The interplay between investment law regime and environmental protection has surfaced as an interesting issue in ISDS. Therefore, we chose Methanex Corp v. the United States of America for our fourth case. The summary is prepared based on the facts as described in the award rendered in August 2005.
The investor was a producer of methanol, a key component in the production of MTBE, a gasoline constituent. The measure at issue did not directly regulate methanol business, but concerned the ban of the use of MTBE in gasoline in California due to environmental and public health reasons.
The investor argued that the ban took away its market share in California as it no longer could sell methanol to MTBE producers. This measure, according to the investor, was tantamount to expropriation.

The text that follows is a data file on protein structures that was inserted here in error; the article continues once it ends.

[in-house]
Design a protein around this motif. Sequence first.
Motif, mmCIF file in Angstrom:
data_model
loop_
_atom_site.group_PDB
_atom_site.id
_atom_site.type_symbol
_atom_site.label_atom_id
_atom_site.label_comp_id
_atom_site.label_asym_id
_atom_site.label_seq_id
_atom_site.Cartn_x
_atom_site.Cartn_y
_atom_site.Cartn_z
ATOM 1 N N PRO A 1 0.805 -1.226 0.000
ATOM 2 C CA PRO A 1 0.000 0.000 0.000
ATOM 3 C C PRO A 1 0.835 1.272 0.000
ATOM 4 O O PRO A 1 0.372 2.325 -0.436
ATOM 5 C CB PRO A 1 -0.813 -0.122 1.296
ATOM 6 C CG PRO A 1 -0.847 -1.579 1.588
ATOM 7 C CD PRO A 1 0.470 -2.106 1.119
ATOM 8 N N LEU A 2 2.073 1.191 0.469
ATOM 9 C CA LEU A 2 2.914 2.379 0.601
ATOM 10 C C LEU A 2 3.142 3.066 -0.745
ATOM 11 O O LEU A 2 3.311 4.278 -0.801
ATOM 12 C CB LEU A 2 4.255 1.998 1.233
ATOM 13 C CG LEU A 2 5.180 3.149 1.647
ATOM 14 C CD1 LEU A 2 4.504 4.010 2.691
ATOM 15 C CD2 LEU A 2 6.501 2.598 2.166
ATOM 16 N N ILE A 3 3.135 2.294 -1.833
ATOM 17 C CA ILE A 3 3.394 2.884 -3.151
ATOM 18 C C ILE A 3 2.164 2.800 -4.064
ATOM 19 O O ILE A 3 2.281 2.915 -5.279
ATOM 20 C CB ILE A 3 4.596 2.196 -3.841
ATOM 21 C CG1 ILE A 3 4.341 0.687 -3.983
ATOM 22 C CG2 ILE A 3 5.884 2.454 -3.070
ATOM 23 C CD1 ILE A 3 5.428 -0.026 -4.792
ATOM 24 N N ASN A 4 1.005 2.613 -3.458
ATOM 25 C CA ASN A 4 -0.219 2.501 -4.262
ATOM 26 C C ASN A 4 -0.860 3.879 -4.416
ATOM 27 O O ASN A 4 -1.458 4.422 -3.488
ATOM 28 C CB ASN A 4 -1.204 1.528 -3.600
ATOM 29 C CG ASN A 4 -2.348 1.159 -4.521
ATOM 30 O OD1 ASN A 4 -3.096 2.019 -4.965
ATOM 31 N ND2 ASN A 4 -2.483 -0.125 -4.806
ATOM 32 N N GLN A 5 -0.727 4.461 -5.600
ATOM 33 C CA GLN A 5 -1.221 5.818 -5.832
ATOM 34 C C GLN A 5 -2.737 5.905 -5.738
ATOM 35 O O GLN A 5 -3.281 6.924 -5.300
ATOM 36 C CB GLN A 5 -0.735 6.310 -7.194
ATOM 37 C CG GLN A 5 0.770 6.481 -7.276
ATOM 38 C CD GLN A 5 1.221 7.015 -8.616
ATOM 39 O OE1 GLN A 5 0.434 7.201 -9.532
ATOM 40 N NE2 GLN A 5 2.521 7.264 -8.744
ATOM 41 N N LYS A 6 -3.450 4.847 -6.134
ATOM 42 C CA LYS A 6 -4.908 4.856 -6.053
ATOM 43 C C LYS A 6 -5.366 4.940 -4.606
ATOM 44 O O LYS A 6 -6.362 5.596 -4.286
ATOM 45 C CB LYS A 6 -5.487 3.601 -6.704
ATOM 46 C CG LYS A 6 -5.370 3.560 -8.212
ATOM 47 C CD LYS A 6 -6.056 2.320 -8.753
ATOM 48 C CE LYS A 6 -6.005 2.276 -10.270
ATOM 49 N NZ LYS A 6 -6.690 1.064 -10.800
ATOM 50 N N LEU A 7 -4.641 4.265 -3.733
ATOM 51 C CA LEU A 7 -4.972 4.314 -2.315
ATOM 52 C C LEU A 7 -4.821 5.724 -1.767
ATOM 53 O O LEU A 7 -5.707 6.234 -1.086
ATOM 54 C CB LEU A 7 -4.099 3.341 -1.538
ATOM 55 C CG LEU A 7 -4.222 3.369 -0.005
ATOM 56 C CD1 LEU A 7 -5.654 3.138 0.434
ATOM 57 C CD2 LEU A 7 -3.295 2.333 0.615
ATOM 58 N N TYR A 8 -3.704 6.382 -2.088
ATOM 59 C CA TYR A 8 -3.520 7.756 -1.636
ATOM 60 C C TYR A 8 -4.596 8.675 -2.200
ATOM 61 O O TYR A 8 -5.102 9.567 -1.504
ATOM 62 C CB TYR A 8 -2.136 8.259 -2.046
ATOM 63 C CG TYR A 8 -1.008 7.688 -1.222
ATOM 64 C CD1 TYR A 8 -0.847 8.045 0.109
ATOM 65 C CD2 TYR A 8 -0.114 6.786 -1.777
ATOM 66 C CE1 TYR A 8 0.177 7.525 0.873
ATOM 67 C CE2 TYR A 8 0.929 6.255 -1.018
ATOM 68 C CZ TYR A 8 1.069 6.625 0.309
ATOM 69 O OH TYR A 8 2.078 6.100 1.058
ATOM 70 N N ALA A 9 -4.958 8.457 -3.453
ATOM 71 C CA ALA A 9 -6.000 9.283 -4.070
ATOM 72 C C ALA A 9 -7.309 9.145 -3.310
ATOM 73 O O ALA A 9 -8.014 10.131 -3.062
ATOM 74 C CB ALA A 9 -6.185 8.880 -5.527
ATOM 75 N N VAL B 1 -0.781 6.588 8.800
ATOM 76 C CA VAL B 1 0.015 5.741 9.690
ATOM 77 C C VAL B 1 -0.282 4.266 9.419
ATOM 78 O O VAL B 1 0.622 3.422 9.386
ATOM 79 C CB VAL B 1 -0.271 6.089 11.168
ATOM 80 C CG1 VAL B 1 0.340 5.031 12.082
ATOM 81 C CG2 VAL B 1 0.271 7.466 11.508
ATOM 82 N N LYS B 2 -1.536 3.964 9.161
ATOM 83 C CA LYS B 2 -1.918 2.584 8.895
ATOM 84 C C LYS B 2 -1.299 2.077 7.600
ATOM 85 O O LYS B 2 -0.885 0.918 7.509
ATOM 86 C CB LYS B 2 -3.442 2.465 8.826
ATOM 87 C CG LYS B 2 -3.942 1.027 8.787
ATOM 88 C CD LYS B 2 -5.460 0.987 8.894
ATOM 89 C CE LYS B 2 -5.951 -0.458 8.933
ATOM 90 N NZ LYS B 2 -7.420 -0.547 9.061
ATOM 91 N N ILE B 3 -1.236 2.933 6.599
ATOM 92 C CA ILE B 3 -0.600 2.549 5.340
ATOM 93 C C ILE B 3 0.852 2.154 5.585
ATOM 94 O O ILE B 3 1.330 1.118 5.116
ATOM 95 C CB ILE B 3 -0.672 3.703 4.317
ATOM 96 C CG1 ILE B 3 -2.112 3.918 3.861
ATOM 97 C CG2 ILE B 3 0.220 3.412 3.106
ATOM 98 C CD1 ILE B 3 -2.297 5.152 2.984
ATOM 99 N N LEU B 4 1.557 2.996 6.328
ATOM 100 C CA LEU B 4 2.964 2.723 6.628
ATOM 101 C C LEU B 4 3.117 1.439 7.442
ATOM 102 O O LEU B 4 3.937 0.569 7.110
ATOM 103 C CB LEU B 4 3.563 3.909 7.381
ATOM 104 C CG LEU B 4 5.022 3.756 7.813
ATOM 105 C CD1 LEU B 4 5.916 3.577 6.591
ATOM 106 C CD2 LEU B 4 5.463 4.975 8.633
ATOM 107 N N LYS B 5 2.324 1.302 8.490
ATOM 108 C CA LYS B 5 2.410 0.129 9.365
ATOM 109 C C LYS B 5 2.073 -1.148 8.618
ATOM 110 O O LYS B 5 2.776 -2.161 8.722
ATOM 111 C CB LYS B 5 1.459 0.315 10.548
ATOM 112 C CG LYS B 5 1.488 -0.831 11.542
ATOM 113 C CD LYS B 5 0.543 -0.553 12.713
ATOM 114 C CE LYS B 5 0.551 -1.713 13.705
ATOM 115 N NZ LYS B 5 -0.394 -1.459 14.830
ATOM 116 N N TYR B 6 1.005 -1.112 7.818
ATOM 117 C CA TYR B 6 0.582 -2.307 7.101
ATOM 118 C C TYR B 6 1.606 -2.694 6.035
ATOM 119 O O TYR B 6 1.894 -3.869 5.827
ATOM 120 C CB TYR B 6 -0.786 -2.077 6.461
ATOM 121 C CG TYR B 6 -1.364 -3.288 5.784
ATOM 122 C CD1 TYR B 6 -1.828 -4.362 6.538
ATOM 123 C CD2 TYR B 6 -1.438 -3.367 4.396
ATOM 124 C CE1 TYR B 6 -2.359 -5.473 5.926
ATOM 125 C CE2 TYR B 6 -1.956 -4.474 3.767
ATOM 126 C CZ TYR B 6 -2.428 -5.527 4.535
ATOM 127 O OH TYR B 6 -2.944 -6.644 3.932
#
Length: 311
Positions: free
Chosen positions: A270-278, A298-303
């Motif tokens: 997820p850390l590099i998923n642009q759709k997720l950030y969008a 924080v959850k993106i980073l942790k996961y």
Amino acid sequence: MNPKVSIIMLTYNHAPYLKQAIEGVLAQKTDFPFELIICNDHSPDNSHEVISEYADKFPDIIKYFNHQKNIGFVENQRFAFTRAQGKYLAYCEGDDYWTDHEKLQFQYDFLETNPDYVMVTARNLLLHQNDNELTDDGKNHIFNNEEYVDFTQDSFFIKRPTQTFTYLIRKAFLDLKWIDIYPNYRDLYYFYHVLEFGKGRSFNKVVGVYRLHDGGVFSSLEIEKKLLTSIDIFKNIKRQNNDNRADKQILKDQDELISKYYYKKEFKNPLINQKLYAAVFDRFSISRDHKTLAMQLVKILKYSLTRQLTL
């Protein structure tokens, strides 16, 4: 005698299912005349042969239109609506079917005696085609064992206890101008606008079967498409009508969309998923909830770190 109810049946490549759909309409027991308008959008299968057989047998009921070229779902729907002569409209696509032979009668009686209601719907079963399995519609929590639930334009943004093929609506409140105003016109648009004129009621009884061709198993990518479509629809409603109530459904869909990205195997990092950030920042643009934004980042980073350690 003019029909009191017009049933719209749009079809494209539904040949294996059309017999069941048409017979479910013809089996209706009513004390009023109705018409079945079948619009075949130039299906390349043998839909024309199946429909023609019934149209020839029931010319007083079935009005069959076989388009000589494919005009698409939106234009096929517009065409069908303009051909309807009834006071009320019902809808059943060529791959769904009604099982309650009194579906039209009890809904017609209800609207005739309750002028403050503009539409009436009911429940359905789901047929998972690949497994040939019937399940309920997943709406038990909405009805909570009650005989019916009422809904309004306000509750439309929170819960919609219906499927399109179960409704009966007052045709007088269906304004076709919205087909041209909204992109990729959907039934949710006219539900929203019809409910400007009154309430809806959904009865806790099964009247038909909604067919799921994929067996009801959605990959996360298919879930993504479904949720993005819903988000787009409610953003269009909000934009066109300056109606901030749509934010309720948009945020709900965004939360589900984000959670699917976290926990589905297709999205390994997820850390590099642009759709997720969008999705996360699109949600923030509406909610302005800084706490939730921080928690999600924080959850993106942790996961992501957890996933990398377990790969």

In introducing the ban, the government relied on a scientific report which concluded that gasoline produced with MTBE posed a significant risk of drinking water contamination when it leaked from underground tanker and pipelines.
The tribunal in the ensuing arbitration found that the legislative process in California leading to the ban had been transparent, subject to due process and based on scientific report which was subjected to a peer review.
Further, the tribunal concluded that the ban was a non-discriminatory regulation for public purpose. As such, it did not constitute an expropriation and therefore non-compensable.
In conclusion, the claim by the investor was dismissed in its entirety.
It is also worth noting that the tribunal allowed submissions of amicus curiae from two organizations since, in the view of the tribunal, there was undoubtedly public interest in this arbitration.